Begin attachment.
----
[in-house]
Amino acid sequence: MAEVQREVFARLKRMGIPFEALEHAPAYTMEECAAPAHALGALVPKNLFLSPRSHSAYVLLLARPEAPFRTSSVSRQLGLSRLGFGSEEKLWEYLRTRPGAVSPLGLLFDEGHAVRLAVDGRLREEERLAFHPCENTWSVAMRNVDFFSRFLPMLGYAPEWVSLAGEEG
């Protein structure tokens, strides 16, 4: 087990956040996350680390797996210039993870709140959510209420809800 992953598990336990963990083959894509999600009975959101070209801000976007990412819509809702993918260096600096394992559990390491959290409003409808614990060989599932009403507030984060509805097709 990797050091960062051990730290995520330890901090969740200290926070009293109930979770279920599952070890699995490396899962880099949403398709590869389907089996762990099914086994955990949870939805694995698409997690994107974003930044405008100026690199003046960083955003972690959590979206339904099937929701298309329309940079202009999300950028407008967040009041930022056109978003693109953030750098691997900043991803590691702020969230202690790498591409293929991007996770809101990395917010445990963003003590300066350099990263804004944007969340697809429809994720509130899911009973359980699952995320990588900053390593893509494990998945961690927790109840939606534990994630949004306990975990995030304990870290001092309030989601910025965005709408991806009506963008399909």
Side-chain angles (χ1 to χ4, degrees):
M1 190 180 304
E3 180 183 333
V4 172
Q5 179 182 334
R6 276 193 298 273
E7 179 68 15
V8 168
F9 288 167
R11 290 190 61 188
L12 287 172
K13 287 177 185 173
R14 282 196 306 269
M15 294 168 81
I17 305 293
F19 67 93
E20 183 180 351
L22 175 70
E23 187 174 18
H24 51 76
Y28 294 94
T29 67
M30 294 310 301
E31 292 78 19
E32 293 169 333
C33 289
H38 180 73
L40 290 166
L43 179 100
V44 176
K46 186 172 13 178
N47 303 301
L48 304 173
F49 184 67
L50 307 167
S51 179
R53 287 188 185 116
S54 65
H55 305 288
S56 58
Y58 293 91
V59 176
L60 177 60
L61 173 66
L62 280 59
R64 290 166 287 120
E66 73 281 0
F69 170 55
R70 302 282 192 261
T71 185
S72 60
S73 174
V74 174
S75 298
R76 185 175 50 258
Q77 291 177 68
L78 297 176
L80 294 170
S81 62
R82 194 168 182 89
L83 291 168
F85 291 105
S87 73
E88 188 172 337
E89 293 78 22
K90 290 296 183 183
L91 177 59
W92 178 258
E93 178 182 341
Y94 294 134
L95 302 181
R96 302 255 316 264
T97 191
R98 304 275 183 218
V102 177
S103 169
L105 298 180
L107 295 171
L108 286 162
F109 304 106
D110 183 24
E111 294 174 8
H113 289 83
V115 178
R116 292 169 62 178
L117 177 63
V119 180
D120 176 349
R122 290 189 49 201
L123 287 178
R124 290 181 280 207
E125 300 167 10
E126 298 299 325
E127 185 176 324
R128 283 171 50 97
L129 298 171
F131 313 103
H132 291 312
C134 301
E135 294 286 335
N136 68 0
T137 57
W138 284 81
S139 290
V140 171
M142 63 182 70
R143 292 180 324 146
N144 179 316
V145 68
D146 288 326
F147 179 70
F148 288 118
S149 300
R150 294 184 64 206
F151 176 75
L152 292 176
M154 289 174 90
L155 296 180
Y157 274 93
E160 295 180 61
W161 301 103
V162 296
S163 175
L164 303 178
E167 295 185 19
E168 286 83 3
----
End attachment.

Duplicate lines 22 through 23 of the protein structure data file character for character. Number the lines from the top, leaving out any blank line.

E23 187 174 18
H24 51 76